I've got to admit, I'm not a fan of Halloween.
Perhaps I'm missing the point, but there seems to be enough real stuff in the world to give children nightmares without making up a load of stuff. Plus there's the plastic tat which fills the supermarkets and the splurge of annoying marketing emails which say things like "No tricks, just treats for our loyal customers this Halloween!".
No, if I want some good wholesome family fun in Autumn I'd much rather celebrate the death of a failed bombing by setting fire to some explosives on November 5th.
And so, it was with some unease that I arrived at Dino Islands mini golf course at Sandham Gardens which had been given a Halloween twist.
I quickly got over the zombies and spiders when I realised they were running a half price deal for half term. It's usually about £6 a person, but we paid £9 for four of us, including a non-playing two year old who was wheeled around the course in the (golf) buggy. The friendly staff informed us that the whole course had been designed for pushchairs, which turned out to be a very wise move. When we've attempted to push child two round other courses, it has usually involved lifting the pushchair over a windmill.
The Sandham Gardens site previously had a much simpler minigolf course before big redevelopment and investment plans began. There are Sky Nets and beach huts coming soon (Easter 2020 hopefully), to add to the playground, go kart tracks and skate park which are already at the site. Once the nets are in place, you'll be able to fill several hours around the beach and Sandham Gardens. It's also home to The Bandstand restaurant which is in our list of places to eat with a sea view.
The whole site looks very impressive, which you'd expect considering that half a million pounds was spent on it. There are a couple of volcanoes which puff out smoke, as well as a large moving dinosaur and lots of models.
Curiously, it does now mean that there are three dinosaur themed minigolf courses on the Isle of Wight including an 18 hole course on Shanklin esplanade (which costs a similar price) and a smaller course at The Needles Pleasure Park. It does make for a great theme, which fits nicely with the Island's history.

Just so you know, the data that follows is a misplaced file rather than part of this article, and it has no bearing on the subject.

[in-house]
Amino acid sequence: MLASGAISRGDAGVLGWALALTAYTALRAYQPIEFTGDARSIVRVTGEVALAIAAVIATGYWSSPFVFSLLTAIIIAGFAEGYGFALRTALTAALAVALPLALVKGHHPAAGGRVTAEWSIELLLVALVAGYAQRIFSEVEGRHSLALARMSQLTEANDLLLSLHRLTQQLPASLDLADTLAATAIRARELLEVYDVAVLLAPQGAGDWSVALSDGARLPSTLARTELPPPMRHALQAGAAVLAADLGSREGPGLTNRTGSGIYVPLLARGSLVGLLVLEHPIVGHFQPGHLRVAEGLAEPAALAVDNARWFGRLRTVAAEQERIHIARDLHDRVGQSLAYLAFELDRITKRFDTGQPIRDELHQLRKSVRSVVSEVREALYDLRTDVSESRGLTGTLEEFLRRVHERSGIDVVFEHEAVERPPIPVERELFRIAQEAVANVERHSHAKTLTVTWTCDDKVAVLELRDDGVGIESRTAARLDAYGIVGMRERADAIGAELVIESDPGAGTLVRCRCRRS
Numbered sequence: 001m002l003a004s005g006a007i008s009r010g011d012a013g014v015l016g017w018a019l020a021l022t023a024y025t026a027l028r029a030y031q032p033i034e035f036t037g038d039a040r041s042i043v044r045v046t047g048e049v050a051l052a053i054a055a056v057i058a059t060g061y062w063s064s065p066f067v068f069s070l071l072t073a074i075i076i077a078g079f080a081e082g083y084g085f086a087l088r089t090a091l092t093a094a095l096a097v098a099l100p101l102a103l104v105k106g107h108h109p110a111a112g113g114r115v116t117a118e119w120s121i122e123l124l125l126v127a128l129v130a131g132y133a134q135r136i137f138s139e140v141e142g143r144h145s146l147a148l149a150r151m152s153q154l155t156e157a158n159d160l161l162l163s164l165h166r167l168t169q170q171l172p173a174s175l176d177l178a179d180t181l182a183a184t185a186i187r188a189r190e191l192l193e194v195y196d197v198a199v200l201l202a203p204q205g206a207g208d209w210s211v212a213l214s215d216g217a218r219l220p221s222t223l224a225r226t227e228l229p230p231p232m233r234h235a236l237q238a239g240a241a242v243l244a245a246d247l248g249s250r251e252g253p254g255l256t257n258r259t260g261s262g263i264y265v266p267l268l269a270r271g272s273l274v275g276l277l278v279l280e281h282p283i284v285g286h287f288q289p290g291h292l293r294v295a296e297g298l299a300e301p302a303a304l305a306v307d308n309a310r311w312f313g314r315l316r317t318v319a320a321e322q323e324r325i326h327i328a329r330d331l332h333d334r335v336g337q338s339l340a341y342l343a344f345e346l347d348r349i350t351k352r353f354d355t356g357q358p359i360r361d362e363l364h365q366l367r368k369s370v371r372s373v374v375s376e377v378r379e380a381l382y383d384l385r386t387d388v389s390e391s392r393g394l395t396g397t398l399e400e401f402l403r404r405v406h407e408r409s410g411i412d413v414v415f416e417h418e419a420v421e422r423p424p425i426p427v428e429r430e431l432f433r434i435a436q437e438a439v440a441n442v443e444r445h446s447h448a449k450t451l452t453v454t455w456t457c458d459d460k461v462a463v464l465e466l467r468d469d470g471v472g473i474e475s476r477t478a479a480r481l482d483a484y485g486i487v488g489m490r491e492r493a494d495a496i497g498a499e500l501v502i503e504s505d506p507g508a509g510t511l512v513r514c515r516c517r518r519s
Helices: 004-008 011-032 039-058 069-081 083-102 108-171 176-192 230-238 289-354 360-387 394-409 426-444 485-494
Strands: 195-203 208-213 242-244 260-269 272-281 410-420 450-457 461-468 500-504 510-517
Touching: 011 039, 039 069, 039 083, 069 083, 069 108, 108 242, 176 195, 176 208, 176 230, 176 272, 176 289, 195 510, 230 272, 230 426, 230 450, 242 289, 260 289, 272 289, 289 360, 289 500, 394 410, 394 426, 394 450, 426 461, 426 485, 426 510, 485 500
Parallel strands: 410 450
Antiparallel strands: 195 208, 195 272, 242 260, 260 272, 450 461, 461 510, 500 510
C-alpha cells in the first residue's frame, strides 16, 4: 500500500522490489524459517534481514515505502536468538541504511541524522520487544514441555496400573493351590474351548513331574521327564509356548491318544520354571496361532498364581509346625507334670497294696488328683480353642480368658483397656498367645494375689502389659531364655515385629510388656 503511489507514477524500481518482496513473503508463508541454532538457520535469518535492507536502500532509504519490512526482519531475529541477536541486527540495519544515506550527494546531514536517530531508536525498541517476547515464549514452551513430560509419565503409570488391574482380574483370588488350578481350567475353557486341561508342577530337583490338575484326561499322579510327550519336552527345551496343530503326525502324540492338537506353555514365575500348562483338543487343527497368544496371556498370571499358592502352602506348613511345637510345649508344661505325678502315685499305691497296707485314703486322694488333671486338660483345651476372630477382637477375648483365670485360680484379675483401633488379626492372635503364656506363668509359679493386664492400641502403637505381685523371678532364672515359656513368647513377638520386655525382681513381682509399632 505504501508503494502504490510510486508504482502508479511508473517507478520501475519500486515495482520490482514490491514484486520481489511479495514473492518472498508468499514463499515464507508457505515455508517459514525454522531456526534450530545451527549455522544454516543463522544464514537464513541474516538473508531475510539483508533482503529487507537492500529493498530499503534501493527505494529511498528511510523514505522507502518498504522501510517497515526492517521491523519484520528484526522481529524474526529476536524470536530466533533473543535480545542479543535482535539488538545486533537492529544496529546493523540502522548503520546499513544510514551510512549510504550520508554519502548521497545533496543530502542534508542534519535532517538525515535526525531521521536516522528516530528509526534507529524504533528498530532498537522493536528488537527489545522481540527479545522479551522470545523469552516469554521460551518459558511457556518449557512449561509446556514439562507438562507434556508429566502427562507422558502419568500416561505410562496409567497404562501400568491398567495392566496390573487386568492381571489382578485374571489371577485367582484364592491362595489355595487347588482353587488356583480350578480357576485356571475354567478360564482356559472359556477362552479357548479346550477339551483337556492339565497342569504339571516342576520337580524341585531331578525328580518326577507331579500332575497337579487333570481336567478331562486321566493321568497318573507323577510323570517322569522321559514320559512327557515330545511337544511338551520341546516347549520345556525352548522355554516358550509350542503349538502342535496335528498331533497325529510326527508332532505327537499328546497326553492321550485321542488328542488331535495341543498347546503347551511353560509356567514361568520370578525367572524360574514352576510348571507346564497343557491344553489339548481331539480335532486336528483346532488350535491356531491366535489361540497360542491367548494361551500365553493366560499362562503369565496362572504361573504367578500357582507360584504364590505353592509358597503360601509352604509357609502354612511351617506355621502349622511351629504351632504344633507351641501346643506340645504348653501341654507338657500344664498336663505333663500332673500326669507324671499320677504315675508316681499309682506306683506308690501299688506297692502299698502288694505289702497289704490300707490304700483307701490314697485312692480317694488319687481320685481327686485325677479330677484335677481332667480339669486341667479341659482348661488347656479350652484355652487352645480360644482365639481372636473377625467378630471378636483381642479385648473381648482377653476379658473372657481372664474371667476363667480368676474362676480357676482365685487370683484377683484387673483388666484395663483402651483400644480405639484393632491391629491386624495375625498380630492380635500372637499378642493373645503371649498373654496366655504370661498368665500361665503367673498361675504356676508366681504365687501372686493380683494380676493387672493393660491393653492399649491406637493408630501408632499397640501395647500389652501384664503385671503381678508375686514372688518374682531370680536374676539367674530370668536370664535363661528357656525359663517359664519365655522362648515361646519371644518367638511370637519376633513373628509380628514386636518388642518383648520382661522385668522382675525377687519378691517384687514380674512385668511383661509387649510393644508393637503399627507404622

Back in the 90s, we used to play a game called 3D Ultra Minigolf which had 18 holes, each with its own theme including the moon landings, the wild west and the seaside. If I ever decide to build my own minigolf course (which is fairly unlikely admittedly) then I'll be following their lead or perhaps making a global tour golf course which involves putting your ball through a French baguette or over a Mexican wall.
The Dino Islands course itself was tricky enough to keep us all entertained, though I would say it has been designed to be family friendly without too many holes which had us tutting in frustration. I averaged about three shots per hole.
The best holes are ones which involve firing the ball over a narrow bridge or one where you have to avoid a hole which sends your ball back to the start. Most importantly, child one achieved a hole in one which she has since mentioned on an hourly basis.
And so, we came to the final scores which thankfully resulted in child one being victorious. This was helped along by the Isle of Wight Guru Argument Avoiding Minigolf Handicap System (IOWGAAMHS), whereby each player adds on their age to their final score. With a bit of luck it results in the youngest player winning every time, without parents having to deliberately take 26 shots on the final hole to even things up.
I’ve recently spent many happy hours updating our price comparisons.
That may sound as interesting as your Grandmother’s pressed flower collection, but luckily I find there’s much fascination in seeing how prices for holiday accommodation and ferries varies wildly depending on when you want to travel.
My feeling is that back in the day, fares and ticket prices didn’t fluctuate so wildly. Train fares were simpler, most B&Bs had one or two rates and the Isle of Wight ferries only had modest variations in their pricing (feel free to comment below if you disagree).
Accommodation prices certainly went up during school holidays but the algorithms are now in charge and are trying to persuade us to visit off peak.
The result is double-edged.
On the one hand, there are absolute bargains to be had – and no-one ever complains about those. Take a look at the price of a bundled hotel and ferry deal in the middle of winter for some examples.
On the other hand, you get occasional quirks in the algorithms which are enough to make your eyes water.